There they were. Those two words you thought would never happen. Six little letters. You type slowly and reverently:
The act of completing a novel is huge. Of the billions of people on the planet we are in a very small, select group of Homo sapiens. Soak up the ambiance because shortly you come to the next gargantuan phase of your book: publishing.
You can have your book published on Amazon within a few days. You can use their cover designer for free. You just upload the pdf, collect your ISBN and POOF you’re published. You can do it in your underwear, or less. Clickity clack – baddaboom baddabing. AUTHOR!
Ooooooor, you can compose a query letter, a synopsis and prep a few select gorgeous pages of your work and try courting the shy and elusive literary agent or traditional publisher. And then await the rejections! I am in a group on Facebook that celebrates the Rejection Letter. Mostly they are pre-written form letters and ironically sometimes contain typos.
There is also a deep, dark secret that transpires at bookstores and libraries the world over. [TRIGGER ALERT] Every bookstore and library participate in the culling of books. Books — pages toiled over and written in blood by a writer — get DUMPED. Sometimes the get purchased by paper recycling company, some take truckloads to the land fills. It’s gruesome. Mass graves for literary endeavor.
I’m at a cross-roads. I’ve completed my novel. I can testify that it is definitely “not bad”. It’s a literary fiction manuscript. No vampires. No spacesuits. It’s about….well, here you can read about it and see what I mean. I had this intense urge to get my manuscript through my editor’s process. I had a drive to finish, to get those pages to Amazon. And then once I was all done I sat with my novel…digitized into a pdf…and I became suddenly aware of relegating my book to the culled pile. Or worse, it never gets to the culled pile because my three friends didn’t have money to buy it and it just sits there, a victim of a lack of marketing and distribution.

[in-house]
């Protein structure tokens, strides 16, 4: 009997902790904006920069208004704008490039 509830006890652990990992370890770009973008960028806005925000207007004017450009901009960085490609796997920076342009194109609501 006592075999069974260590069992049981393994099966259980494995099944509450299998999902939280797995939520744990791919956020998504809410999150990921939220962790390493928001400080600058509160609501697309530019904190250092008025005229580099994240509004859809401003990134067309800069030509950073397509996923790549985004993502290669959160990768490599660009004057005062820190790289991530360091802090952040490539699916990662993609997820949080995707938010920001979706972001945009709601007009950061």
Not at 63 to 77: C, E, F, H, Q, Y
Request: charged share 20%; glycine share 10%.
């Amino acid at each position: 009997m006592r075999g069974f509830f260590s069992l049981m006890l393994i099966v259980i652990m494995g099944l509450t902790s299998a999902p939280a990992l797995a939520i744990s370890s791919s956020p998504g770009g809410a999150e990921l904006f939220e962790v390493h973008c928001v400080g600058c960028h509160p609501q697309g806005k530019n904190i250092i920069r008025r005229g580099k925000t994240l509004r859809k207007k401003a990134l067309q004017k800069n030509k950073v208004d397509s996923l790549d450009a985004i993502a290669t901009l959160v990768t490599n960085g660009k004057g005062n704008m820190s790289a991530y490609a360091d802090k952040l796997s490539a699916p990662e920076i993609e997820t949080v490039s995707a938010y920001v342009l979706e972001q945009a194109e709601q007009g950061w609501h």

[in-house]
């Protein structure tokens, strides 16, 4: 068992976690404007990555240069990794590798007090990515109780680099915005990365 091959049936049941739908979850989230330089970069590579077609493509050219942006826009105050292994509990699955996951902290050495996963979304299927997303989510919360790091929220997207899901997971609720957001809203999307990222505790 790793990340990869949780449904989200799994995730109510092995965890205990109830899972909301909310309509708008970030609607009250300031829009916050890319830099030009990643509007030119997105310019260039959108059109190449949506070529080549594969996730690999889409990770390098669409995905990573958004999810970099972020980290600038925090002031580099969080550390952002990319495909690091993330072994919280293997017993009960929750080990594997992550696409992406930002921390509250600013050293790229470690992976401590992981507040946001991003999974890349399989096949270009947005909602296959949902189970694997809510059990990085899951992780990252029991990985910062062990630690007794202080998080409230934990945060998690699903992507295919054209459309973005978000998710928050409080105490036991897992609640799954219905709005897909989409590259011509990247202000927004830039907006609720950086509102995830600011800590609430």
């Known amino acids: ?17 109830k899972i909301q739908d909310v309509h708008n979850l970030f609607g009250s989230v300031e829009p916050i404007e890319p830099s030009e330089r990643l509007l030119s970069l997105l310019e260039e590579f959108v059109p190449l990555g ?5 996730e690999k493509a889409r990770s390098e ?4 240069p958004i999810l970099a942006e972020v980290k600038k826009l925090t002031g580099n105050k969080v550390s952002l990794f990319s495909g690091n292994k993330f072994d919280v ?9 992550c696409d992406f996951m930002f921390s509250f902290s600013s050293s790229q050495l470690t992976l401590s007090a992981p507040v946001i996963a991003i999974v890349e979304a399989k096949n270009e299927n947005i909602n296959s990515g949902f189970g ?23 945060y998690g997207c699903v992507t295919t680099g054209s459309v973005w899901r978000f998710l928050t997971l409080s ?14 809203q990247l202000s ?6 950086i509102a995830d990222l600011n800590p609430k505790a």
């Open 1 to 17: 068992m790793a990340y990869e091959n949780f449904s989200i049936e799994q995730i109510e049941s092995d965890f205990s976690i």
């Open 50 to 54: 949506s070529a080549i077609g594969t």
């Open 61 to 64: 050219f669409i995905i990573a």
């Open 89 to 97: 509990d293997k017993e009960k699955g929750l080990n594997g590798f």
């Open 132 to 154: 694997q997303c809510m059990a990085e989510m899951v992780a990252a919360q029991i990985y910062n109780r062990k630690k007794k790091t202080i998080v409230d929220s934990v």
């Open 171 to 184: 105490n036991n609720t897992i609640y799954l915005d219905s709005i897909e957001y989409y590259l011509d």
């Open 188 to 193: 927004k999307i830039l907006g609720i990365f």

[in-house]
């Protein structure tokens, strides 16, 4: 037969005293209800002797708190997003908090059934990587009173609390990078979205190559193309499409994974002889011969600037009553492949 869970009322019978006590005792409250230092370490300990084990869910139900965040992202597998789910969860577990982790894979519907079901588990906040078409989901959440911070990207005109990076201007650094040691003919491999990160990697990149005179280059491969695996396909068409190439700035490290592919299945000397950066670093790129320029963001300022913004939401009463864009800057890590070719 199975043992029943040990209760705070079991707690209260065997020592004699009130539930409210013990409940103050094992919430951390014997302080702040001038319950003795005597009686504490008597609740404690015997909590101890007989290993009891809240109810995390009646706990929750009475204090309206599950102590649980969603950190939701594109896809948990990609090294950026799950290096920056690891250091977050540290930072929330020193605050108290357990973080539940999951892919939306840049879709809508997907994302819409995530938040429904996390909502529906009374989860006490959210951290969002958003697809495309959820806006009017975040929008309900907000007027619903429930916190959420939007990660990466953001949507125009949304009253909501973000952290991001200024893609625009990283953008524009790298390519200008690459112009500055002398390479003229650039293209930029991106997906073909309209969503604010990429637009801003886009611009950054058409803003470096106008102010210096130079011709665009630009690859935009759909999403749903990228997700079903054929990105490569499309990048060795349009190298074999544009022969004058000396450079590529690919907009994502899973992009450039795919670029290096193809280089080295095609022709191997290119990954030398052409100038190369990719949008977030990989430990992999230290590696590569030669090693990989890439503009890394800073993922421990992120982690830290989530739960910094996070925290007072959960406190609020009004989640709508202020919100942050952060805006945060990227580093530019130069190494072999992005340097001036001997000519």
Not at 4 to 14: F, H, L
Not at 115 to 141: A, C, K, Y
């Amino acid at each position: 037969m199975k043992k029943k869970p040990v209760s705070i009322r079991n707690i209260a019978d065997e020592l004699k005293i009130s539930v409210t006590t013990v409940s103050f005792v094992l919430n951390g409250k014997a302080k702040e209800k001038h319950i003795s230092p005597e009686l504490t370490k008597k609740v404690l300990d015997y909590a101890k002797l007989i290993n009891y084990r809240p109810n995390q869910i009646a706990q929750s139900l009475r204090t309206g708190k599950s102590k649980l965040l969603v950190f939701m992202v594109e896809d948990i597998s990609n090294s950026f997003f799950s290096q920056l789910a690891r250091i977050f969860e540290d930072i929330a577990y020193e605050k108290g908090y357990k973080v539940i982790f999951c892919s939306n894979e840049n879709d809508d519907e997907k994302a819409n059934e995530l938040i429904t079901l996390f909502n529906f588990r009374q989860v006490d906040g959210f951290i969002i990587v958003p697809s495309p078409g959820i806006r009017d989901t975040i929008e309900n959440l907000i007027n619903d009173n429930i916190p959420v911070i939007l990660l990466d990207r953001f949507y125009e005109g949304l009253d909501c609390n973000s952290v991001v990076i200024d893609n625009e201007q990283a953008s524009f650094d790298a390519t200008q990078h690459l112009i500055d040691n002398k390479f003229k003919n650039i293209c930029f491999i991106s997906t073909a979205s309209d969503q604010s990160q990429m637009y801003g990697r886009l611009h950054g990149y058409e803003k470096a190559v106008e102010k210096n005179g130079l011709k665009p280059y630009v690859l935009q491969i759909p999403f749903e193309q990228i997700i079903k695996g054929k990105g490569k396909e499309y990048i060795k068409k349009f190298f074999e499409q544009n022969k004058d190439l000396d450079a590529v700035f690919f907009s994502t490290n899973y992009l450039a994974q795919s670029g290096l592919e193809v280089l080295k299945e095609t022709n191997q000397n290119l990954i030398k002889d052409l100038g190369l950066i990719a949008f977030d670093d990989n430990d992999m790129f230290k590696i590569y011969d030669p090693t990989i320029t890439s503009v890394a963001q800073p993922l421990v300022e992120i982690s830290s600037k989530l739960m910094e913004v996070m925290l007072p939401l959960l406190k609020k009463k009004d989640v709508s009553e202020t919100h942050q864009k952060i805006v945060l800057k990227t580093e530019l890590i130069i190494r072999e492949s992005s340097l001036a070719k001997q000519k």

Some reports suggest that less than 1% of authors on Amazon create revenue of $50 per day or more. But wait! Use Ads!! That’s right, start paying for your novel to be placed more successfully. It’s maddening.
So here I sit with my little pdf, working on pdf #2 and I’m considering all of the above. I believe I am going to wait for traditional publishing.
I don’t know…I really don’t.
For more reading try these: Claude Forthomme’s Blog, New York Times, The Guardian, Amazon KDP Support Chat